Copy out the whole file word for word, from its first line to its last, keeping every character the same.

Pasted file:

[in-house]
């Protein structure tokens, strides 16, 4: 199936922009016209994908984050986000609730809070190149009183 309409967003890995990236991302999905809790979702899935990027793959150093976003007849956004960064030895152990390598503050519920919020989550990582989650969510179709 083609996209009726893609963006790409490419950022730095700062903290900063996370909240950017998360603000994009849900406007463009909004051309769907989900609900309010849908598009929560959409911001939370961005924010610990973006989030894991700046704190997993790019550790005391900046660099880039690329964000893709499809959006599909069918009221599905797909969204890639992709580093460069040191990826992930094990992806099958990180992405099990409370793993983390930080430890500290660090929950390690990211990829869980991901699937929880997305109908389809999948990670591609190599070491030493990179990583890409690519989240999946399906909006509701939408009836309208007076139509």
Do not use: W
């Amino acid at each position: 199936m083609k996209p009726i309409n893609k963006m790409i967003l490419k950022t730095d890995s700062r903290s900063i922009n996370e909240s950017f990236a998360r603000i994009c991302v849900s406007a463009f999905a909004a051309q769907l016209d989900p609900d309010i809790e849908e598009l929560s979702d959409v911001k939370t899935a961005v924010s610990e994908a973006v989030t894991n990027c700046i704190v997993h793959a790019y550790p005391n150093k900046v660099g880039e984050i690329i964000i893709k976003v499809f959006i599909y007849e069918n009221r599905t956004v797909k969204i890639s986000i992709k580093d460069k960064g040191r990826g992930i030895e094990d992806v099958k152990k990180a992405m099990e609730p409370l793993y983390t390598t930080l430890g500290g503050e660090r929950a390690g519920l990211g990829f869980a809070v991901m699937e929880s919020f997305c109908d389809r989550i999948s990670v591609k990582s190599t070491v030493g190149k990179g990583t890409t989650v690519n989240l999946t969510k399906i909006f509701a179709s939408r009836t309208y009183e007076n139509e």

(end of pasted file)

[in-house]
């Protein structure tokens, strides 16, 4: 199936922009016209994908984050986000609730809070190149009183 309409967003890995990236991302999905809790979702899935990027793959150093976003007849956004960064030895152990390598503050519920919020989550990582989650969510179709 083609996209009726893609963006790409490419950022730095700062903290900063996370909240950017998360603000994009849900406007463009909004051309769907989900609900309010849908598009929560959409911001939370961005924010610990973006989030894991700046704190997993790019550790005391900046660099880039690329964000893709499809959006599909069918009221599905797909969204890639992709580093460069040191990826992930094990992806099958990180992405099990409370793993983390930080430890500290660090929950390690990211990829869980991901699937929880997305109908389809999948990670591609190599070491030493990179990583890409690519989240999946399906909006509701939408009836309208007076139509």
Do not use: W
């Amino acid at each position: 199936m083609k996209p009726i309409n893609k963006m790409i967003l490419k950022t730095d890995s700062r903290s900063i922009n996370e909240s950017f990236a998360r603000i994009c991302v849900s406007a463009f999905a909004a051309q769907l016209d989900p609900d309010i809790e849908e598009l929560s979702d959409v911001k939370t899935a961005v924010s610990e994908a973006v989030t894991n990027c700046i704190v997993h793959a790019y550790p005391n150093k900046v660099g880039e984050i690329i964000i893709k976003v499809f959006i599909y007849e069918n009221r599905t956004v797909k969204i890639s986000i992709k580093d460069k960064g040191r990826g992930i030895e094990d992806v099958k152990k990180a992405m099990e609730p409370l793993y983390t390598t930080l430890g500290g503050e660090r929950a390690g519920l990211g990829f869980a809070v991901m699937e929880s919020f997305c109908d389809r989550i999948s990670v591609k990582s190599t070491v030493g190149k990179g990583t890409t989650v690519n989240l999946t969510k399906i909006f509701a179709s939408r009836t309208y009183e007076n139509e």